Australian hobby (Falco longipennis)

Also known as: little falcon, white-fronted falcon
KingdomAnimalia
PhylumChordata
ClassAves
OrderFalconiformes
FamilyFalconidae
GenusFalco (1)
SizeLength: 29 - 35 cm (2) (3)
Wingspan: 66 - 87 cm (2)
Male weight: 132 - 280 g (2) (3)
Female weight: 190 - 420 g (3)
Top facts

The Australian hobby is classified as Least Concern (LC) on the IUCN Red List (1) and is listed on Appendix II of CITES (4).

The Australian hobby (Falco longipennis) is a relatively small, slender falcon with long, narrow, pointed wings and a relatively long, square-ended tail (3). The scientific name of this species, longipennis, translates as ‘long feather’ and refers to its long wing feathers (5), which reach to the end of the tail or just beyond when the hobby is perched (3).

The adult Australian hobby is largely dark slate-grey to bluish-grey above (3) (6), sometimes tinged with brown. Its underparts vary from rich to pale reddish-brown and show variable amounts of dark streaking, with dark blotches, spots or bars on the flanks. The undersides of the wings are barred and the tips of the wings are dark, while the tail has fine but indistinct dark barring (3).

The Australian hobby has a distinctively marked head, with a black hood that extends down into short, wide ‘moustache’ marks, contrasting with the cream or buff forehead and throat. A pale half-collar extends up around the rear of the cheeks to the edges of the nape. The Australian hobby has dark brown eyes and a pale grey to yellow cere and eye ring, and its legs and feet are yellow (3).

The female Australian hobby resembles the male, but is usually slightly larger (2) (3), with browner upperparts and heavier streaking on the underparts (3). Juveniles are similar in appearance to the adults, but have browner, more rufous-tinged upperparts, richer reddish-brown underparts (2) (3), and a more buffy throat and upper breast (3). The juvenile’s underparts are usually only thinly streaked, and it has duller, paler legs and feet than the adult and a pale blue cere and eye ring (3).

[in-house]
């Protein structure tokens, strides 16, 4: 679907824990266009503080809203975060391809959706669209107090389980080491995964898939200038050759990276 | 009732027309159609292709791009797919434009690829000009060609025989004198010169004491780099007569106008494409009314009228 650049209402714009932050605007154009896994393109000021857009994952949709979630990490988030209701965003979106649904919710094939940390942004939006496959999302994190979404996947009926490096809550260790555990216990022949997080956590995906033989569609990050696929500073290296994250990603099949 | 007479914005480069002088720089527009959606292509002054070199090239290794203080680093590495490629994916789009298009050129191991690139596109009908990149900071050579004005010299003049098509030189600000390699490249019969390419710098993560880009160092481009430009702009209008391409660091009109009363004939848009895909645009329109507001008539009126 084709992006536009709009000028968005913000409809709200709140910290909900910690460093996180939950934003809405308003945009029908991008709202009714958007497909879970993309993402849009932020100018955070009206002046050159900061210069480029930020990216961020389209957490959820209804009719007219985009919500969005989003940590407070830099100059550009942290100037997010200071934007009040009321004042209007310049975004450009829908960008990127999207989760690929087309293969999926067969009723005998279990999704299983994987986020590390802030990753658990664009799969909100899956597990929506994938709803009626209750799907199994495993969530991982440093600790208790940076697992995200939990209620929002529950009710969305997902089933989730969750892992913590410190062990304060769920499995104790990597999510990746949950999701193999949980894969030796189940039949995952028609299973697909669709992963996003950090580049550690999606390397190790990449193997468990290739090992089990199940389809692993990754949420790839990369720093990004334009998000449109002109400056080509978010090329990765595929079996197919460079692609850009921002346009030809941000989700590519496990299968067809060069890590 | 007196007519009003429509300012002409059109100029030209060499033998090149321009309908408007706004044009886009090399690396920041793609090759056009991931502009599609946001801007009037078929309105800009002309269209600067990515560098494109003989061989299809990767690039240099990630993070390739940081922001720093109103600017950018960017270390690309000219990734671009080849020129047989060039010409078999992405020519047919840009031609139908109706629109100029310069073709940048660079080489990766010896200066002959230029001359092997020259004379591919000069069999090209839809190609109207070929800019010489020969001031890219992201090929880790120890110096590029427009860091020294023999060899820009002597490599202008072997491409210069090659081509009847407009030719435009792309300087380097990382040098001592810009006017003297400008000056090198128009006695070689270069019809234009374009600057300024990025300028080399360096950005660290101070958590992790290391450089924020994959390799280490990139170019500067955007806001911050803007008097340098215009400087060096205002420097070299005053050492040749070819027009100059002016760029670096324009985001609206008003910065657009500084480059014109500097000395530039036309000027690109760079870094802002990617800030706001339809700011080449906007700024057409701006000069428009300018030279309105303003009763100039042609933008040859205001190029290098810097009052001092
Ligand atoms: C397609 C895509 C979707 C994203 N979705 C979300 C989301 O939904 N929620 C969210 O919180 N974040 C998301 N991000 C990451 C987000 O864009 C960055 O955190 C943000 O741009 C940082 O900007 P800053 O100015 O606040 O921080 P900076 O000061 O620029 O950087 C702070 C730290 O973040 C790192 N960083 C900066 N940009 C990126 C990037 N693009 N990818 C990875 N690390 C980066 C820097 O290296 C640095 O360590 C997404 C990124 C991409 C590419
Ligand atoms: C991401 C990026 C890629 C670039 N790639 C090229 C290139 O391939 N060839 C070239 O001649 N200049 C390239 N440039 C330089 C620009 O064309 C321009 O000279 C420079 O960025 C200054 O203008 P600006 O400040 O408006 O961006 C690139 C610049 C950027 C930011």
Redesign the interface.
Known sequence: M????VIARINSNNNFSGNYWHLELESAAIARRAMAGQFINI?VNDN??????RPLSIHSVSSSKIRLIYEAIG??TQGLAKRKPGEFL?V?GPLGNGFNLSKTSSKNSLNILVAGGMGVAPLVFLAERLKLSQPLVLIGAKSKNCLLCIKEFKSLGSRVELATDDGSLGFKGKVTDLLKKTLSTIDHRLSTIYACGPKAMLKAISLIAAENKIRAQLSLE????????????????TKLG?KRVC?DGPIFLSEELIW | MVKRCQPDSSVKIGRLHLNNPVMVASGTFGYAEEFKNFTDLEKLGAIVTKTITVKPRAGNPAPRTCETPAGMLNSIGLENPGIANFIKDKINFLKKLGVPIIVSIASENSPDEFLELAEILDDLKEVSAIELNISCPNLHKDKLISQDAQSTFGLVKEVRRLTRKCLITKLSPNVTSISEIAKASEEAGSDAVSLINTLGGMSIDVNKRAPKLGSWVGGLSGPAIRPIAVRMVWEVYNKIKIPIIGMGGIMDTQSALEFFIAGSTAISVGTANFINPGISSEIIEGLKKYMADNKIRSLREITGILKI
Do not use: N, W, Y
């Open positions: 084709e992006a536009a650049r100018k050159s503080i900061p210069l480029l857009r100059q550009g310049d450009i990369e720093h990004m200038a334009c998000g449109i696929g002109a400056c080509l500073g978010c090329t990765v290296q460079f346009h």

Three subspecies of Australian hobby are usually recognised (3) (7), with Falco longipennis hanieli being slightly smaller and paler below than Falco longipennis longipennis, while Falco longipennis murchisonianus is paler blue-grey above with a dull blackish head, and paler reddish-brown below with less distinct markings (3). F. l murchisonianus is not always considered to be a separate subspecies (2). The Australian hobby can sometimes be confused with the peregrine falcon (Falco peregrinus) (3) (6), but is smaller and more lightly built, with a longer and narrower tail and wings (2) (3).

The calls of the Australian hobby include a rapid ‘kee-kee-kee’, and it also sometimes gives thin squeals, chatters and ticking sounds (3).

As its common name suggests, the Australian hobby is found across Australia, including northern Tasmania. It also occurs in New Guinea and the Lesser Sundas, from Lombok to Timor-Leste (2) (3) (5) (8). The subspecies F. l. longipennis occurs in Tasmania and Australia, with F. l. murchisonianus occurring in northern Australia, while F. l. hanieli is found in the Lesser Sunda Islands (2) (3) (5).

Although it is resident year-round across much of its range, some populations of the Australian hobby are partially migratory, with individuals from Australia sometimes wintering in New Guinea and occasionally being sighted in the Moluccas (3) (5).

The Australian hobby typically inhabits open woodland, savanna, timbered areas along watercourses, wooded farmland, and urban parks and gardens that have plenty of trees (2) (3). Although usually found near water, this species sometimes occurs in semi-desert scrub and in near-treeless plains (3). The Australian hobby has been recorded at elevations from sea level to around 2,000 metres (2) (3).